Before Birth

Amusing anecdotes about your hospital stay.

Baby’s almost here, and you’ve got everything in order. All you have to do now is wait for the show to start! Before labor kicks in and you head to the hospital, prepare yourself with some essential insight for the experience.

Realize you’ll lose all sense of pride. I remember trying to initially cover up in front of the nurses. But by day 2, you’ve been poked, prodded, and examined by every doctor, nurse, and orderly in the building. I think the food crew even saw my bum. And as the prudest person in America, I couldn’t have cared less.

Note that all the planning you’ve done might just go out the window. I spent an entire weekend in Lamaze class. I had a birth plan paired with birthing music. My pantry and freezer were stocked with popsicles and carb-filled foods to fuel me (and cool me) for the hours spent in labor before we headed to the hospital. And then, two weeks before my due date, I woke up feeling funny. Strange enough to head to the ER. I had a rare form of preeclampsia, and the baby needed to come out right away. Emergency C-section. No popsicles. And no Beyoncé.

Screaming at your partner will help. It really will. And here’s the secret: Anything you say during labor cannot be held against you. This also applies to the first year after birth. Anything said between the hours of 12am and 4am cannot be brought up the next day.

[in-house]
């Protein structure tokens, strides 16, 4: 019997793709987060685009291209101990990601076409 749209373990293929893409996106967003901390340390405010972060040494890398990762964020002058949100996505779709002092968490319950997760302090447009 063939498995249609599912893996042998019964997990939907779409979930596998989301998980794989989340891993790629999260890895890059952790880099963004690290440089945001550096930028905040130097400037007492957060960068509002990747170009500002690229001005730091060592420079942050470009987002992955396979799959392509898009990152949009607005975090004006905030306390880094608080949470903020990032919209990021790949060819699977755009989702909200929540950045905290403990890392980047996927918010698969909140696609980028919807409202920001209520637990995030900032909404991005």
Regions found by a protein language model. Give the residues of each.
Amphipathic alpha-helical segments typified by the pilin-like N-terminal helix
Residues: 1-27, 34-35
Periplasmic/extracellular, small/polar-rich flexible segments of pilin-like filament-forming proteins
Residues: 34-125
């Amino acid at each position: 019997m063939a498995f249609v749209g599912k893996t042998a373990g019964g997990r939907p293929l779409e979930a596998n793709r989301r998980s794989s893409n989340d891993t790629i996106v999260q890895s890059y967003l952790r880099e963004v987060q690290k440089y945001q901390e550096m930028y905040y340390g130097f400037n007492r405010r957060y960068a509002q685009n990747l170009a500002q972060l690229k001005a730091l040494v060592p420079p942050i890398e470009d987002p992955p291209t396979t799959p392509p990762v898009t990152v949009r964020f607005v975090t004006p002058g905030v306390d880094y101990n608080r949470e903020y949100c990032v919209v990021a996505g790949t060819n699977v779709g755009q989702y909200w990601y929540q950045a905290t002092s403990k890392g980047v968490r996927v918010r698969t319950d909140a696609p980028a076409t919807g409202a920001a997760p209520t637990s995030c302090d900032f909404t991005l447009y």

Breastfeeding might be harder than anything you’ve ever done. This is what my husband tells any pregnant woman he knows. It took machines, apparati, lactation consultants, a devoted husband, and at least four hands to get my first baby to eat. At day 5, using pumps, massage techniques, gels and creams, I looked at my husband and said, “When we met freshman year of college, did you ever imagine you’d be handling my boobs this way?” But honestly, you should let people help you, especially your partner. It will bring you closer than you ever thought possible.

It’s okay for the baby to sleep in the hospital nursery. So many moms will tell you that their baby slept next to them every night in the hospital. Well, good for them. But I bet they didn’t sleep one wink, hearing every gurgle. Let a nurse take the baby to a nursery for the night, and bring him to you when it’s time to eat. You’re going to have this baby for the next 60 or more years. You might as well nap now.

Ask for help. Truly. Maybe women used to do this all by themselves back in the day, and yay for them. But if you have the opportunity to have night nurses, nannies, and loving family help you with this newborn, take it. You are still in charge (or, the baby is). Once you feel like the support is intruding more than helping, you can start cutting back.

Find a new-mom friend. It may be hard at first, but a friend will help you break out of the comfort zone of your sweatpants and jammies. Make a goal to get out of the house for at least an hour each day, breastfeed in a public area (gasp!), or talk through concerns with someone.

You’re the queen for the day. Don’t worry about anyone else, the schedules, the well-meaning visitors to the hospital. This day is about you, your partner, and your baby. And once this beautiful bundle is born, make sure everyone takes precious care of you while you care for your new addition.